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Wired reports that for the past two years, Verizon Wireless has been inserting a 50-character string called a Unique Identifier Header (UIDH) into its customers' Web traffic to help advertisers identify its users and customize advertising.
According to Advertising Age, Verizon calls the UIDH the PrecisionID, which the magazine describes as "a cookie alternative for a marketing space vexed by the absence of cookies."
Jacob Hoffman-Andrews, senior staff technologist at the Electronic Frontier Foundation (EFF), recently tweeted a link to the Advertising Age article, writing, "I don't know how I missed this: Verizon is rewriting your HTTP requests to insert a permacookie? Terrible."
Noting that the article states, "Corporate and government subscribers are excluded from the new marketing solution," Hoffman-Andrews added, "In other words: we know this is bad."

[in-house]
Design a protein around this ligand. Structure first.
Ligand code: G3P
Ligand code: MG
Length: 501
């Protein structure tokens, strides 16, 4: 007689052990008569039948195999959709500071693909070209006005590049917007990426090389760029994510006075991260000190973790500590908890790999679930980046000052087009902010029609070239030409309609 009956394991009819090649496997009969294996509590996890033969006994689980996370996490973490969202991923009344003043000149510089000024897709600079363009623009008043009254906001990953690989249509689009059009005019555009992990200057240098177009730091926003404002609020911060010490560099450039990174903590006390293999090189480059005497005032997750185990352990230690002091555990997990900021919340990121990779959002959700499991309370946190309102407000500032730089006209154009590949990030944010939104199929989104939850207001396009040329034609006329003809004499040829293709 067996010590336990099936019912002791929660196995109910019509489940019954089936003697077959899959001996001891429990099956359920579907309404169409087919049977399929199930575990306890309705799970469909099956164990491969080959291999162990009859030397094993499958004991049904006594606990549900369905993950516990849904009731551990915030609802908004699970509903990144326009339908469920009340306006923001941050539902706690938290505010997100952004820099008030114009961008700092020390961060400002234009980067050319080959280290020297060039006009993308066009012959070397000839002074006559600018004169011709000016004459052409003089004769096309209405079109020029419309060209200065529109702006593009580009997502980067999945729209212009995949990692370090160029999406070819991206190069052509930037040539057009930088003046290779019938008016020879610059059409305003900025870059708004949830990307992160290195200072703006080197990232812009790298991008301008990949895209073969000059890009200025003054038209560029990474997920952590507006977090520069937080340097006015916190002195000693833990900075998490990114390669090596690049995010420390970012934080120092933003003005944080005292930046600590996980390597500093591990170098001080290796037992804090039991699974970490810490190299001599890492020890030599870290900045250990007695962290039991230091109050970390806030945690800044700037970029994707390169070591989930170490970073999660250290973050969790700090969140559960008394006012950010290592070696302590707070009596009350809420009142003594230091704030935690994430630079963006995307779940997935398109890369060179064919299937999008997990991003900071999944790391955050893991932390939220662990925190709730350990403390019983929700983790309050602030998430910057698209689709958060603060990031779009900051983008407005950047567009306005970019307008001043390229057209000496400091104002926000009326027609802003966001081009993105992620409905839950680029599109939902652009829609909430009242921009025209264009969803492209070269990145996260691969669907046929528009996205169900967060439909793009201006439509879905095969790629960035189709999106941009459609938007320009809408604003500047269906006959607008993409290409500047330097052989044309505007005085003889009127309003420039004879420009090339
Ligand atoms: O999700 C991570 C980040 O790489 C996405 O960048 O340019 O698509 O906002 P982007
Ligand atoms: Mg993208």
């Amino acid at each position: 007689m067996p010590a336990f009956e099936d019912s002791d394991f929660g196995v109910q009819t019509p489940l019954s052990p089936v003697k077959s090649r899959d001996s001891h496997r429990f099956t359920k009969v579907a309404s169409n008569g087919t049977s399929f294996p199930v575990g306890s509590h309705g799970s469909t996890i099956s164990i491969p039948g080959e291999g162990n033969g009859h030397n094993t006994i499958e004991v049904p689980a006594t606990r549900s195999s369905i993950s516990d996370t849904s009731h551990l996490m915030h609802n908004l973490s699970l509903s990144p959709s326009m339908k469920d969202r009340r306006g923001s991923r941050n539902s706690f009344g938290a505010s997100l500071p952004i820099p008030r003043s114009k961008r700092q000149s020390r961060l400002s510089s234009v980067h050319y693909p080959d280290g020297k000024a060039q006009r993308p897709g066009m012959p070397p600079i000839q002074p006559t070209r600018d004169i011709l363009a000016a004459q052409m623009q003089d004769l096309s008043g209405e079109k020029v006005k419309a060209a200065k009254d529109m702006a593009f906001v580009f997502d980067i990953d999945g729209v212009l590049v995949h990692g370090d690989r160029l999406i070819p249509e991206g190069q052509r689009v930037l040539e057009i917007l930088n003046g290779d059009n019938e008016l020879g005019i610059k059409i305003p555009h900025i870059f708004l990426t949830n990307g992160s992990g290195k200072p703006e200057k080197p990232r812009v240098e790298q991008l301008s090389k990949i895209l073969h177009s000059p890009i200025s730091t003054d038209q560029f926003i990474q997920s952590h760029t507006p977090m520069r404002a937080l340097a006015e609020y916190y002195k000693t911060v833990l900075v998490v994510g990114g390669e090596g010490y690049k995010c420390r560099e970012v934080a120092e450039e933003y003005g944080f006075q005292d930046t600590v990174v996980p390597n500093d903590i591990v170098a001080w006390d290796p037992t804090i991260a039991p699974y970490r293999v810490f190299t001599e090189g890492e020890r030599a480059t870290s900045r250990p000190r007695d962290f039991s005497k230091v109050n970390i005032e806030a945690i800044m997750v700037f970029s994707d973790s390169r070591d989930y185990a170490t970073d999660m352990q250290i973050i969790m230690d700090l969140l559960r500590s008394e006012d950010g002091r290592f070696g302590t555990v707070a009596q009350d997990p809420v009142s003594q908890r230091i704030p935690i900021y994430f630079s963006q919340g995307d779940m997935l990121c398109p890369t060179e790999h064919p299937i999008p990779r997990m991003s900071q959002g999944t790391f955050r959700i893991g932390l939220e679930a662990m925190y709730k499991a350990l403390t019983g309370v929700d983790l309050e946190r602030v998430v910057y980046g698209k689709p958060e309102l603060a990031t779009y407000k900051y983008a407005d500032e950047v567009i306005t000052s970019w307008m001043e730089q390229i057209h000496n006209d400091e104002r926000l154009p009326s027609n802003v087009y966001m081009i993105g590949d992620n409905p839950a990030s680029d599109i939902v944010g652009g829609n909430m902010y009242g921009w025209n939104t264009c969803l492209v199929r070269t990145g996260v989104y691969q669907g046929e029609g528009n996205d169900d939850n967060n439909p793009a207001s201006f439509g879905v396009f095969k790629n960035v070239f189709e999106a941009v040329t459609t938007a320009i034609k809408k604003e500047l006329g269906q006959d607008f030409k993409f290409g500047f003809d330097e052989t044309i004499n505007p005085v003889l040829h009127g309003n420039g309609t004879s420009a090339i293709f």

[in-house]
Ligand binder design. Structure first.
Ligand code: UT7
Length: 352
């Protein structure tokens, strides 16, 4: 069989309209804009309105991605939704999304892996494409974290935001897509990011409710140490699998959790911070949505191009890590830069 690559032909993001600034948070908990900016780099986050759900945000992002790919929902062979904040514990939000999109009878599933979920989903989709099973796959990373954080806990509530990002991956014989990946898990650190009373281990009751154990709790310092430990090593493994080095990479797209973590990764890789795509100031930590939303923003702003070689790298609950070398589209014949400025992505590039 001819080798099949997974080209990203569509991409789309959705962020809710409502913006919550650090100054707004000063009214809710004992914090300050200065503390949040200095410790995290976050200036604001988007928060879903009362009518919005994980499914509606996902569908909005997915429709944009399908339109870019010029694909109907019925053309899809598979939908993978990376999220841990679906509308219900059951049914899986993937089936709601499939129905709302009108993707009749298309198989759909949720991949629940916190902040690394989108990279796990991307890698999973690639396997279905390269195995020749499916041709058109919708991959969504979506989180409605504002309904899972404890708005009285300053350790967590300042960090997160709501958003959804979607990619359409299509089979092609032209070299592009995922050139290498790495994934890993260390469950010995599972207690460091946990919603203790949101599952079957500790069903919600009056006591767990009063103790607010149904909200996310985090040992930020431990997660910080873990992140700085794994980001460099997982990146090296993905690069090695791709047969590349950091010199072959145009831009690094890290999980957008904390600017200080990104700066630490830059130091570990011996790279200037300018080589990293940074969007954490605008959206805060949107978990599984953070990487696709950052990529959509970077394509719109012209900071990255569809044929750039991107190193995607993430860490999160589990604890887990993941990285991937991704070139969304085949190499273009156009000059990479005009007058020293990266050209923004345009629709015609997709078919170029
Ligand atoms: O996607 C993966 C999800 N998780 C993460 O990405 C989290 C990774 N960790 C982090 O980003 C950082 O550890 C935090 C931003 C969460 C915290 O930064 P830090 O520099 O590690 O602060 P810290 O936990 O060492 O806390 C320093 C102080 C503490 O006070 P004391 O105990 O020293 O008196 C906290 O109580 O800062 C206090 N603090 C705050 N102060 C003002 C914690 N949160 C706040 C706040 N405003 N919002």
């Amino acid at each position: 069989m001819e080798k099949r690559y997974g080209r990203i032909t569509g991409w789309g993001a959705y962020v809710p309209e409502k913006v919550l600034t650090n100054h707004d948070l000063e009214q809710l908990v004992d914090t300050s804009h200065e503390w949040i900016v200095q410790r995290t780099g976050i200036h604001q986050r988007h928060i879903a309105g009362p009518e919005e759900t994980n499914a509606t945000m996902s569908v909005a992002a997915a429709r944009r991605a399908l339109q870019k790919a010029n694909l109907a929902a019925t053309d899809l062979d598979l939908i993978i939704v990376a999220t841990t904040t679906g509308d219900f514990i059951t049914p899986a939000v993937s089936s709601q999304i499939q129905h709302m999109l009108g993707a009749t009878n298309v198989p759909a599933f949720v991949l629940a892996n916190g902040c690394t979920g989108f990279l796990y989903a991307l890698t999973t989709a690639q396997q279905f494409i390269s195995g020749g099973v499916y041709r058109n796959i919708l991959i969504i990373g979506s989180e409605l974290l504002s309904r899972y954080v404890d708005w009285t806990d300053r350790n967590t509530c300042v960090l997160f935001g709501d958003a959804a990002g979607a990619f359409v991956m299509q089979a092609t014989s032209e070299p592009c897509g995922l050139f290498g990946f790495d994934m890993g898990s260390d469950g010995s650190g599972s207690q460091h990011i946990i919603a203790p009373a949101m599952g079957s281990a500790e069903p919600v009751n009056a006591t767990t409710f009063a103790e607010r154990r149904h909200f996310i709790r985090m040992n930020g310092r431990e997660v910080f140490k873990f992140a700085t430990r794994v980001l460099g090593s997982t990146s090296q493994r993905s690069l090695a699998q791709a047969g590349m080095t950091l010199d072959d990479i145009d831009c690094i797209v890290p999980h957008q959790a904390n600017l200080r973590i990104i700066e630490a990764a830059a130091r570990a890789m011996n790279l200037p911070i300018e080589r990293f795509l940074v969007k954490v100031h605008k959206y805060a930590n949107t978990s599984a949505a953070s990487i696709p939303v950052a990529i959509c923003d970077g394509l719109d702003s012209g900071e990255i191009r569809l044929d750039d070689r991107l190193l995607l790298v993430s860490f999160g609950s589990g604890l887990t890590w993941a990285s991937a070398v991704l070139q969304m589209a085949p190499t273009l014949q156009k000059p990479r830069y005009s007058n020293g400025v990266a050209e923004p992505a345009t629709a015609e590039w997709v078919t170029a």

Later, Hoffman-Andrews noted that Verizon may not be alone in this, tweeting, "Looks like AT&T has a similar header, and I've heard reports about Sprint."
Hoffman-Andrews told Wired the use of the UIDH should be stopped. "ISPs are trusted connectors of users, and they shouldn't be modifying our traffic on its way to the Internet," he said.
Verizon spokeswoman Debra Lewis told Wired there's no way to disable the UIDH, though customers who opt out of Verizon's Relevant Mobile Advertising program won't see the data used to create targeted ads.
But Hoffman-Andrews said that's irrelevant, since the UIDH is still being broadcast to every site Verizon customers visit, whether they opt out or not -- so ad networks could use it to build profiles of their online activity with or without their consent.
Stanford University computer scientist Jonathan Mayer wrote an analysis of the issue in which he called the UIDH a "supercookie," noting, "Much better designs are possible. Verizon doesn't need to supercookie its wireless subscribers to sell their advertising segments."
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